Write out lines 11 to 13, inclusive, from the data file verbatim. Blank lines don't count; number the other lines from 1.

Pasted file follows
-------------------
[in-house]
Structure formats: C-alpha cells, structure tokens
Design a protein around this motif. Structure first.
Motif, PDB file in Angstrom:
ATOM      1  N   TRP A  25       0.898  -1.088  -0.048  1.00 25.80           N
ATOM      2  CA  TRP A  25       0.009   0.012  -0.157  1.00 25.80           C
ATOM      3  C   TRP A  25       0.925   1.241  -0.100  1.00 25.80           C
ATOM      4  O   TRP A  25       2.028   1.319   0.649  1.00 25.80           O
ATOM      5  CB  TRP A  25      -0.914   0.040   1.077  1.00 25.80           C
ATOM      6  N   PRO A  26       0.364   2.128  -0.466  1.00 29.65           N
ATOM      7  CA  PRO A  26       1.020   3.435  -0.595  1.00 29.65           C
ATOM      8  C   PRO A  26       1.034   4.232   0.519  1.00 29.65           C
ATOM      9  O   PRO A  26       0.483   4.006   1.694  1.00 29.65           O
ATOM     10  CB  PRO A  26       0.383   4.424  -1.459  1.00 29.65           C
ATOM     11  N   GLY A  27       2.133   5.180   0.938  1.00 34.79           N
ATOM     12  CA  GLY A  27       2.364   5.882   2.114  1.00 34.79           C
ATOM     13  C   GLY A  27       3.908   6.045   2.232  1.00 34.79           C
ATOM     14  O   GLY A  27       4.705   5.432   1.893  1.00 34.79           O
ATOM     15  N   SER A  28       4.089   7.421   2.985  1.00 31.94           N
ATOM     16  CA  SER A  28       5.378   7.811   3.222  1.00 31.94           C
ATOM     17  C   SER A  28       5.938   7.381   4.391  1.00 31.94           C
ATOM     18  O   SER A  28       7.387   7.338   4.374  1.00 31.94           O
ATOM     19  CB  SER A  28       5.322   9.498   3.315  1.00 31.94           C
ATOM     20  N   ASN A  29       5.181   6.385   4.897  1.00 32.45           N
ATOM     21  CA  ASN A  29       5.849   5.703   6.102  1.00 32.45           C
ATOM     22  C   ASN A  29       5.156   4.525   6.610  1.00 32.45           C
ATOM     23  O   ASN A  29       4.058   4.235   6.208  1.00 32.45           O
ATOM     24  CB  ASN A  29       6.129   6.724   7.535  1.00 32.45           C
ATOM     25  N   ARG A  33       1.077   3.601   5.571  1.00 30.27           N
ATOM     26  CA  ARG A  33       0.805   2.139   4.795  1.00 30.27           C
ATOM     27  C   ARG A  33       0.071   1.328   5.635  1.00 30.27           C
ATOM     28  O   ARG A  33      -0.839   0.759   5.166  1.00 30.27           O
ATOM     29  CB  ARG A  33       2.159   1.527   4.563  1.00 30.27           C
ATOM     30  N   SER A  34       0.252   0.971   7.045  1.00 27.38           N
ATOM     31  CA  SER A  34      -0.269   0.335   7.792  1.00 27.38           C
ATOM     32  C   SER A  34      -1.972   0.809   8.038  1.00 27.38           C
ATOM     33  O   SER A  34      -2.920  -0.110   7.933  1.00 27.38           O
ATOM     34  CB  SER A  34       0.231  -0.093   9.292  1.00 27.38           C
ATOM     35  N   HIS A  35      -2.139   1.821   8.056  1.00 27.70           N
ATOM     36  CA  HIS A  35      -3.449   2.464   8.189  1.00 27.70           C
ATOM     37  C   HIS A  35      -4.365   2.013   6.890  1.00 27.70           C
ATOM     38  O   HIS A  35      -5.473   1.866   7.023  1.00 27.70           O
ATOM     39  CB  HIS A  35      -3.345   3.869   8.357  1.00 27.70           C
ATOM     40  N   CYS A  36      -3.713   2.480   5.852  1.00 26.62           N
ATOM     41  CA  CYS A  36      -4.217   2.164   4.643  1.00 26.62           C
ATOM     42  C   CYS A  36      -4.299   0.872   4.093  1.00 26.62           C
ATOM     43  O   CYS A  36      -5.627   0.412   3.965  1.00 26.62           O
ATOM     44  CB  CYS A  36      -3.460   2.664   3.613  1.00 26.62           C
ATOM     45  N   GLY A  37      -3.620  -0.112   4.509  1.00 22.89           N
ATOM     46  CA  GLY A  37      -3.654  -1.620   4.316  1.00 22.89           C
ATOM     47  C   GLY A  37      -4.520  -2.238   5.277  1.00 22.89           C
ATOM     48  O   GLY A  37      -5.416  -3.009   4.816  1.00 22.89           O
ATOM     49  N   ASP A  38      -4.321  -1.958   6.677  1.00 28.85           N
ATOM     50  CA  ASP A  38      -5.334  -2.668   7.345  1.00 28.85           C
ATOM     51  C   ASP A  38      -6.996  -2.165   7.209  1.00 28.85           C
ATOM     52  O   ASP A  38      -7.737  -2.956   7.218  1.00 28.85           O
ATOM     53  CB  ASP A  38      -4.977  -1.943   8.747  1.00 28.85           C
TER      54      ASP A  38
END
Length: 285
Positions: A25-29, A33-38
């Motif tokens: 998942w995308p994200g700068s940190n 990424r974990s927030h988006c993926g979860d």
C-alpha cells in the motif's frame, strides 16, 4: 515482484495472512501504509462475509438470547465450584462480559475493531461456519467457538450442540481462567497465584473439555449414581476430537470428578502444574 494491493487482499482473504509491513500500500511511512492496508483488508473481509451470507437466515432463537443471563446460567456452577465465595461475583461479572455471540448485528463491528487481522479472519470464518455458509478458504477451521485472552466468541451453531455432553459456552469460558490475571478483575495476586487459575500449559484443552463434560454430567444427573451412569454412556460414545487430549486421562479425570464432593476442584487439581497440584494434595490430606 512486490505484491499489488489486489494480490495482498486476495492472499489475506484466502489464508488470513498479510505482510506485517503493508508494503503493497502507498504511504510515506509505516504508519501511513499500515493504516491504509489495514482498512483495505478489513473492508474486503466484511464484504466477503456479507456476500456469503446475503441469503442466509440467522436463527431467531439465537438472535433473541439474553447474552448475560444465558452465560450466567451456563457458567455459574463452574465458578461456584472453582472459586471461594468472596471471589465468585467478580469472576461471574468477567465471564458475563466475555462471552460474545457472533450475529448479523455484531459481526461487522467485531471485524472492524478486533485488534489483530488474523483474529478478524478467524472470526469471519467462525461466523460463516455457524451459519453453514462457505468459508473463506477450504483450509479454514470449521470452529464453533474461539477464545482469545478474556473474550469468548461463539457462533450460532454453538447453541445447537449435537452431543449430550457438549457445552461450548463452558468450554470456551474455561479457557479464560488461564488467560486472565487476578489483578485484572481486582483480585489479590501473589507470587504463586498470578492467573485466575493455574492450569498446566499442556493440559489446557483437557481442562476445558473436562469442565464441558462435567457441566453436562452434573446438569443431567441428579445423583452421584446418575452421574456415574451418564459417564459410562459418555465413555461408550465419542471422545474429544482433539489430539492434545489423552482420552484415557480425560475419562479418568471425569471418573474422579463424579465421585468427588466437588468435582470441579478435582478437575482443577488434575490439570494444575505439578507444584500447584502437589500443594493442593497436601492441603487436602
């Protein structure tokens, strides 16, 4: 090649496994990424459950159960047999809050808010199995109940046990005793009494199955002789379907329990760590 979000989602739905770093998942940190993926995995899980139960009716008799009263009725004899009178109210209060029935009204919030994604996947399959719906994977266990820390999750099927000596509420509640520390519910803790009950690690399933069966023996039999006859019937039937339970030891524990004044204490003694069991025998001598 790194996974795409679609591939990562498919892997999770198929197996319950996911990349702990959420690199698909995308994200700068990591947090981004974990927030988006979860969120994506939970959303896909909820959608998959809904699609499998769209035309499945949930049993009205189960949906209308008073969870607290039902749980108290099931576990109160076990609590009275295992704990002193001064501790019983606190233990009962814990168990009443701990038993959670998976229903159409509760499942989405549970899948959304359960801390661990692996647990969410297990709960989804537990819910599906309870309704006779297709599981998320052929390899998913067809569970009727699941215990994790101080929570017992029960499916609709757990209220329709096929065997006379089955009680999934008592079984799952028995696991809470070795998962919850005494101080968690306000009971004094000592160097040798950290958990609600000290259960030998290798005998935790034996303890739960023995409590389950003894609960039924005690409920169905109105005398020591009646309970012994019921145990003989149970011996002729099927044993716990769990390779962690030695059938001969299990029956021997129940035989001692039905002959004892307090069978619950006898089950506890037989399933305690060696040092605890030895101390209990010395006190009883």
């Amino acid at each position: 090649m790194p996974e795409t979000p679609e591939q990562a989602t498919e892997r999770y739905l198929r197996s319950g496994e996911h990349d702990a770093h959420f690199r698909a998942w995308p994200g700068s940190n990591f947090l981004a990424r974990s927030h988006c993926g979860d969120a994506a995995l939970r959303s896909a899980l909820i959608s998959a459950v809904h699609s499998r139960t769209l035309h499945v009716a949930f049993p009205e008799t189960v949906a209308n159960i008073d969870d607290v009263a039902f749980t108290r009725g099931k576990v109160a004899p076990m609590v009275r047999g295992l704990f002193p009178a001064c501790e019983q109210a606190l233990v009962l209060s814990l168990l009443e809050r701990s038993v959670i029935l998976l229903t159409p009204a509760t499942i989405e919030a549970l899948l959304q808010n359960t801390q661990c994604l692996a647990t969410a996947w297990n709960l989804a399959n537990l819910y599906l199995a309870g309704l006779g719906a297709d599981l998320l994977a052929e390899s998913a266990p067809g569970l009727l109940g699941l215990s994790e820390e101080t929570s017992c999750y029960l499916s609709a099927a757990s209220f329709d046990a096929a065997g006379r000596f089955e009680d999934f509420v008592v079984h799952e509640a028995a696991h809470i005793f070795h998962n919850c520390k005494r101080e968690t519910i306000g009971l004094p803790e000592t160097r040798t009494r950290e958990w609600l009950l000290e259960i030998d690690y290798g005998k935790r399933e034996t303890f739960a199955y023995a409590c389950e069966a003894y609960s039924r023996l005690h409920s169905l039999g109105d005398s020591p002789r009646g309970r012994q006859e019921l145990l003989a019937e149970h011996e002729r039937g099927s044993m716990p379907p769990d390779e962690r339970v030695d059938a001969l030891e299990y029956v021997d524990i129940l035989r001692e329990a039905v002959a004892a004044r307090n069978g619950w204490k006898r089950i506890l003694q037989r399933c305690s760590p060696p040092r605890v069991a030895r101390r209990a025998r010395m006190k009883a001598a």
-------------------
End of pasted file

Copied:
ATOM      7  CA  PRO A  26       1.020   3.435  -0.595  1.00 29.65           C
ATOM      8  C   PRO A  26       1.034   4.232   0.519  1.00 29.65           C
ATOM      9  O   PRO A  26       0.483   4.006   1.694  1.00 29.65           O